MR. SNOW: You don't roll a dice on a constitutional principle, you stand by it. And you do it for the sake of the institution. Keep in mind, again, the first assertion of executive privilege in this White House was on behalf of the Clinton administration. This is an administration that believes it is important to maintain that kind of confidentiality. Normally, if you lose it you lose the ability to recruit the kind of people you need, to bring folks in who are going to be able to give their best advice and counsel to a President. And let me repeat, if you did the same thing to Congress, they would consider that completely crippling; and if you did it in the court system, it would be even more crippling because it would profoundly compromise their independence.
So I will repeat, it is not rolling the dice, and in fact, is an acknowledgment that no matter how much political heat people may want to try to generate, or how many colorful statements they may have to make, this is about preserving the institution so it can work effectively and, in fact, have checks against the other branches of government so that they remain separate and co-equal.
Q Can I follow up? If the Senate Judiciary Committee decides to do a contempt proceeding on its own, what they call I think, inherent contempt, would the White House participate? Would you have lawyers --
MR. SNOW: We'll cross that bridge when we come to it. I'm not going to get into procedures. Let's just see what goes on. We still hope, because the House is not going to have a full vote on contempt at least until next week, we still hope cooler heads may prevail and people will think, okay, we'll take up an offer, we'll look at what you've got. I mean, that would make sense. That would show that, in fact, the real purpose here is not to try to create a big public furor, but to get at the facts and find out whether there was anything wrong in the President doing what Presidents may do, which is to fire people who serve at their privilege.
Q What do you mean when you say that nobody has really laid a glove on Gonzales? Isn't the President troubled by senators questioning his truthfulness and by Specter saying that he doesn't think he has any credibility?
MR. SNOW: Well, what's happened on a number of occasions is that people have hauled him up and there have been insinuations and, yet, in the end, what is the specific charge? What is the specific charge of malfeasance?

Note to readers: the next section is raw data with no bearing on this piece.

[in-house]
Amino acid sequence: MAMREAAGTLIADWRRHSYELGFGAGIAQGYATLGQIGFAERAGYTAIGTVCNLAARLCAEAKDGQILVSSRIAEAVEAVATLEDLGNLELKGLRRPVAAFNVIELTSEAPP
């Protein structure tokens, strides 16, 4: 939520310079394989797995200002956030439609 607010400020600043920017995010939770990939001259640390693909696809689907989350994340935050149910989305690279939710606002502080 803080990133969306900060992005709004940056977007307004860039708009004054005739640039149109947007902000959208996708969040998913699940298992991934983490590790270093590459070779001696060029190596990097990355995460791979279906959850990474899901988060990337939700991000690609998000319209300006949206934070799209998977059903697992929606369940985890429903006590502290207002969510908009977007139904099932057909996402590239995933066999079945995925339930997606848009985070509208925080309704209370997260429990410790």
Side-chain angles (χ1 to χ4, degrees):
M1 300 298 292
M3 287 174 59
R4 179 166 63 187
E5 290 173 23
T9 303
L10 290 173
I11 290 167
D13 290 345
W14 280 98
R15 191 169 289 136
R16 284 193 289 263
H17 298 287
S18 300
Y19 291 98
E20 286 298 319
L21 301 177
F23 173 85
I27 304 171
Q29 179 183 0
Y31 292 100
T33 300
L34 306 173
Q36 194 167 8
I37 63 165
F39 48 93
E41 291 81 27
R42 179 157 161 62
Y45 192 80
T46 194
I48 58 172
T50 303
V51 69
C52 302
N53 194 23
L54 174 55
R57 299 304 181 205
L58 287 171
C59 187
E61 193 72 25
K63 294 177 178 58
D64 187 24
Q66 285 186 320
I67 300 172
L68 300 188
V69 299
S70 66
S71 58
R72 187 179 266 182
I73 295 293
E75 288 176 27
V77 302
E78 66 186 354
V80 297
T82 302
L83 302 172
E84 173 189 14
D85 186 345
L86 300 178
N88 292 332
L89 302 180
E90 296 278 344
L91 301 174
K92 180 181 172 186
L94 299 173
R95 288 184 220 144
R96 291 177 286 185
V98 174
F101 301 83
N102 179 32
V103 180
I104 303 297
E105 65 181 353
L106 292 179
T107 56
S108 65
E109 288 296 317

Q Well, for one thing, his truthfulness has been questioned.
MR. SNOW: But again, the President stands --
Q Isn't the President bothered by that?
MR. SNOW: The President is bothered sometimes by the tone of debate in Washington. He understands it can be bruising and he stands by the Attorney General.
Q Thank you, Tony. Two questions. The AP reports that Sydney, Australia's Lord Mayor, Clover Moore, is leading a campaign urging all residents to pack an emergency survival kit in preparation for any terrorist attack or other disaster in Australia's largest city. And my question -- does the White House believe that this is a campaign U.S. cities should be launching, or not?
MR. SNOW: That would be something that I would not be privy to comment on. And, Les, let me just -- before we get back into a situation where it will be more difficult to get called on, let me just point out that you need to ask questions that bear on the President's responsibilities. I saw the piece you wrote the other day, that has been thoroughly twisting out of context the answer I gave you when I told you that the President, in fact, was --
Q That's what --
MR. SNOW: I don't care. What you did --
Q They wrote it out there.
MR. SNOW: You know what, I don't care, okay, because the fact is, if somebody is going to take questions about things that do not fall under the President's purview -- and I answered that question -- and it gets twisted, that is a disservice to this White House and to the craft of journalism. So if I were you, I'd pick up the phone and tell them to start cleaning up or writing corrections.
What's your next question?
Q Since Article II, Section III of the Constitution says that the President may or on extraordinary occasions convene both houses or either of them, my question is, is the President considering so convening a lame duck session after next year's election to try to have them pass his comprehensive immigration reform legislation?
MR. SNOW: Oh my goodness. It is way, way, way too early to start talking about after the election of 2008. I think what the President would like is in the year 2007 for members of Congress who had promised to get all their appropriations bills done at this time to get cracking and get them done.
Q Thank you.
MR. SNOW: Thank you.
END 1:12 P.M. EDT